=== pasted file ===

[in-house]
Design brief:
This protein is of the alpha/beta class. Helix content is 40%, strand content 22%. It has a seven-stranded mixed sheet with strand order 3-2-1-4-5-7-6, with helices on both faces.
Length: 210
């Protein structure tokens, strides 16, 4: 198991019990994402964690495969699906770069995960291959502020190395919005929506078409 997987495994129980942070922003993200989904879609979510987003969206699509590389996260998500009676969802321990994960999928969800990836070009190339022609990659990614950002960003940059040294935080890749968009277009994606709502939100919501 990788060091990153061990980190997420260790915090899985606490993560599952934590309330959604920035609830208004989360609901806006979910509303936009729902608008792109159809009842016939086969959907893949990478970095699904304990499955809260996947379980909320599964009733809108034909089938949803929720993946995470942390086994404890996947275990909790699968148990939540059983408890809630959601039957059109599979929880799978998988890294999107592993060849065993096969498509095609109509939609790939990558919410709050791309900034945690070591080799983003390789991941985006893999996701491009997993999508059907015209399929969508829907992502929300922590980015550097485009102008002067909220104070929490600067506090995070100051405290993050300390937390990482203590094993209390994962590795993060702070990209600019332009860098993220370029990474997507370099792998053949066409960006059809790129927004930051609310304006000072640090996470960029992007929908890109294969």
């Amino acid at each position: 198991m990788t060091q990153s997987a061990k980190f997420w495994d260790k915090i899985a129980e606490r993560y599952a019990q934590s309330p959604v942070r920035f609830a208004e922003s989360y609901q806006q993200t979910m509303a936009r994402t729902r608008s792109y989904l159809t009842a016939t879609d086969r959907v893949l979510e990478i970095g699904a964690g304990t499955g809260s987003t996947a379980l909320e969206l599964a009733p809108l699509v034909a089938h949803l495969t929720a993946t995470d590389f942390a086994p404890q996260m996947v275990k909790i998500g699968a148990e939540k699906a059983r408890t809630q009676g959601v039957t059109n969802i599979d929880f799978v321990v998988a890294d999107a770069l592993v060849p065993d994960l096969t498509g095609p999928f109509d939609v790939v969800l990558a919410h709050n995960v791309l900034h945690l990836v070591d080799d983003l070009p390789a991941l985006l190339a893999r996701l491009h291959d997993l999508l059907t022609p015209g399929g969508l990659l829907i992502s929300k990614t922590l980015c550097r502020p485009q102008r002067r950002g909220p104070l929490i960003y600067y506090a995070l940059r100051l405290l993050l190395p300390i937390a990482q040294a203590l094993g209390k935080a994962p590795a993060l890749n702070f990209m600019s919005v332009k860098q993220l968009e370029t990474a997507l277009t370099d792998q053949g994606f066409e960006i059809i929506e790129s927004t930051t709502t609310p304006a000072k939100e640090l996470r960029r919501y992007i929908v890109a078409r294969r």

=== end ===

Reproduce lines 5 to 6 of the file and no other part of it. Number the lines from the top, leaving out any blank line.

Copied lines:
């Protein structure tokens, strides 16, 4: 198991019990994402964690495969699906770069995960291959502020190395919005929506078409 997987495994129980942070922003993200989904879609979510987003969206699509590389996260998500009676969802321990994960999928969800990836070009190339022609990659990614950002960003940059040294935080890749968009277009994606709502939100919501 990788060091990153061990980190997420260790915090899985606490993560599952934590309330959604920035609830208004989360609901806006979910509303936009729902608008792109159809009842016939086969959907893949990478970095699904304990499955809260996947379980909320599964009733809108034909089938949803929720993946995470942390086994404890996947275990909790699968148990939540059983408890809630959601039957059109599979929880799978998988890294999107592993060849065993096969498509095609109509939609790939990558919410709050791309900034945690070591080799983003390789991941985006893999996701491009997993999508059907015209399929969508829907992502929300922590980015550097485009102008002067909220104070929490600067506090995070100051405290993050300390937390990482203590094993209390994962590795993060702070990209600019332009860098993220370029990474997507370099792998053949066409960006059809790129927004930051609310304006000072640090996470960029992007929908890109294969």
């Amino acid at each position: 198991m990788t060091q990153s997987a061990k980190f997420w495994d260790k915090i899985a129980e606490r993560y599952a019990q934590s309330p959604v942070r920035f609830a208004e922003s989360y609901q806006q993200t979910m509303a936009r994402t729902r608008s792109y989904l159809t009842a016939t879609d086969r959907v893949l979510e990478i970095g699904a964690g304990t499955g809260s987003t996947a379980l909320e969206l599964a009733p809108l699509v034909a089938h949803l495969t929720a993946t995470d590389f942390a086994p404890q996260m996947v275990k909790i998500g699968a148990e939540k699906a059983r408890t809630q009676g959601v039957t059109n969802i599979d929880f799978v321990v998988a890294d999107a770069l592993v060849p065993d994960l096969t498509g095609p999928f109509d939609v790939v969800l990558a919410h709050n995960v791309l900034h945690l990836v070591d080799d983003l070009p390789a991941l985006l190339a893999r996701l491009h291959d997993l999508l059907t022609p015209g399929g969508l990659l829907i992502s929300k990614t922590l980015c550097r502020p485009q102008r002067r950002g909220p104070l929490i960003y600067y506090a995070l940059r100051l405290l993050l190395p300390i937390a990482q040294a203590l094993g209390k935080a994962p590795a993060l890749n702070f990209m600019s919005v332009k860098q993220l968009e370029t990474a997507l277009t370099d792998q053949g994606f066409e960006i059809i929506e790129s927004t930051t709502t609310p304006a000072k939100e640090l996470r960029r919501y992007i929908v890109a078409r294969r």